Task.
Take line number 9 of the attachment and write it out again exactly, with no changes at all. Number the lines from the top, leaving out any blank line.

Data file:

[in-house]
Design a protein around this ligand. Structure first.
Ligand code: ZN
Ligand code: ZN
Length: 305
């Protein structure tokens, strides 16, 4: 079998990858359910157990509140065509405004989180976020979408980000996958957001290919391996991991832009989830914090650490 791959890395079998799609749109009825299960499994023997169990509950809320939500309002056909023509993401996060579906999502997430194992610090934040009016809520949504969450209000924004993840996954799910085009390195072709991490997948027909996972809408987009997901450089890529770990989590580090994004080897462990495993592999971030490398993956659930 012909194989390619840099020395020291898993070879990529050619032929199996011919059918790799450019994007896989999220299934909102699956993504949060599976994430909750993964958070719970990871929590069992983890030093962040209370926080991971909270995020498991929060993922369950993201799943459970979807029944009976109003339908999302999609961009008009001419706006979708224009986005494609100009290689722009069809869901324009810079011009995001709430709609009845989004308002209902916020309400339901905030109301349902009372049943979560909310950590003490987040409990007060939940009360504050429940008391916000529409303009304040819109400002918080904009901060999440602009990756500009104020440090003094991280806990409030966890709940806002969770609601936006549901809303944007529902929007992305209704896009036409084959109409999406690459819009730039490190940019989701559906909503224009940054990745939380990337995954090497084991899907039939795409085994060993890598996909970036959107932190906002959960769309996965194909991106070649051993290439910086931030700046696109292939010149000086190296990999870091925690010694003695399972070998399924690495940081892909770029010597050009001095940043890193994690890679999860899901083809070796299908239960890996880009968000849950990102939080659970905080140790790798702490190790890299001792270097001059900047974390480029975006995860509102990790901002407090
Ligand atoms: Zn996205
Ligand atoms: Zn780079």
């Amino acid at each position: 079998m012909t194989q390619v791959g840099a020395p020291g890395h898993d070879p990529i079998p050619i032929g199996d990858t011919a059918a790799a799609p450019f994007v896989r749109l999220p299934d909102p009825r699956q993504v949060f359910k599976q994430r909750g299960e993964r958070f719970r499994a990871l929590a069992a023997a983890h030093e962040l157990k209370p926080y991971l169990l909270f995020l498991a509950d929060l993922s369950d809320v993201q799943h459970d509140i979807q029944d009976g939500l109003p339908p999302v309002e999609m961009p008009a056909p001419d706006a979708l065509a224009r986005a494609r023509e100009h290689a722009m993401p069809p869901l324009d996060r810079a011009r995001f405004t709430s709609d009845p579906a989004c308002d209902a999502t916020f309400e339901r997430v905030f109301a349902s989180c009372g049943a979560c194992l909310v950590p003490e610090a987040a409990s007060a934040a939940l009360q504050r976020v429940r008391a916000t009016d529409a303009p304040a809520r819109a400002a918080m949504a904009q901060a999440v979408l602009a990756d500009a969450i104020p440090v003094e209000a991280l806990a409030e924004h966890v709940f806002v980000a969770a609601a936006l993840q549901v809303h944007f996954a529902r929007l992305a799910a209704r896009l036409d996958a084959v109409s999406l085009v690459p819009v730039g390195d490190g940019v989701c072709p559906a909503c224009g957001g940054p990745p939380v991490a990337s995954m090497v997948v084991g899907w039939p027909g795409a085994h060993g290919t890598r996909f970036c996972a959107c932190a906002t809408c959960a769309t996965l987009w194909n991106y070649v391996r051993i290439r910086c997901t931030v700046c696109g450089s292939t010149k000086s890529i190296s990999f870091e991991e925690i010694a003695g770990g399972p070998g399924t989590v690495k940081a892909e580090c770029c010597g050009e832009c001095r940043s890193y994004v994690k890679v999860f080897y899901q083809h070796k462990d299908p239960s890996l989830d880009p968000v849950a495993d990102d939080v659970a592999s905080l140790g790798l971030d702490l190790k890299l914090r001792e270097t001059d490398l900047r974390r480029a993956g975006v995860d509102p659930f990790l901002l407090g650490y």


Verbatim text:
């Amino acid at each position: 079998m012909t194989q390619v791959g840099a020395p020291g890395h898993d070879p990529i079998p050619i032929g199996d990858t011919a059918a790799a799609p450019f994007v896989r749109l999220p299934d909102p009825r699956q993504v949060f359910k599976q994430r909750g299960e993964r958070f719970r499994a990871l929590a069992a023997a983890h030093e962040l157990k209370p926080y991971l169990l909270f995020l498991a509950d929060l993922s369950d809320v993201q799943h459970d509140i979807q029944d009976g939500l109003p339908p999302v309002e999609m961009p008009a056909p001419d706006a979708l065509a224009r986005a494609r023509e100009h290689a722009m993401p069809p869901l324009d996060r810079a011009r995001f405004t709430s709609d009845p579906a989004c308002d209902a999502t916020f309400e339901r997430v905030f109301a349902s989180c009372g049943a979560c194992l909310v950590p003490e610090a987040a409990s007060a934040a939940l009360q504050r976020v429940r008391a916000t009016d529409a303009p304040a809520r819109a400002a918080m949504a904009q901060a999440v979408l602009a990756d500009a969450i104020p440090v003094e209000a991280l806990a409030e924004h966890v709940f806002v980000a969770a609601a936006l993840q549901v809303h944007f996954a529902r929007l992305a799910a209704r896009l036409d996958a084959v109409s999406l085009v690459p819009v730039g390195d490190g940019v989701c072709p559906a909503c224009g957001g940054p990745p939380v991490a990337s995954m090497v997948v084991g899907w039939p027909g795409a085994h060993g290919t890598r996909f970036c996972a959107c932190a906002t809408c959960a769309t996965l987009w194909n991106y070649v391996r051993i290439r910086c997901t931030v700046c696109g450089s292939t010149k000086s890529i190296s990999f870091e991991e925690i010694a003695g770990g399972p070998g399924t989590v690495k940081a892909e580090c770029c010597g050009e832009c001095r940043s890193y994004v994690k890679v999860f080897y899901q083809h070796k462990d299908p239960s890996l989830d880009p968000v849950a495993d990102d939080v659970a592999s905080l140790g790798l971030d702490l190790k890299l914090r001792e270097t001059d490398l900047r974390r480029a993956g975006v995860d509102p659930f990790l901002l407090g650490y």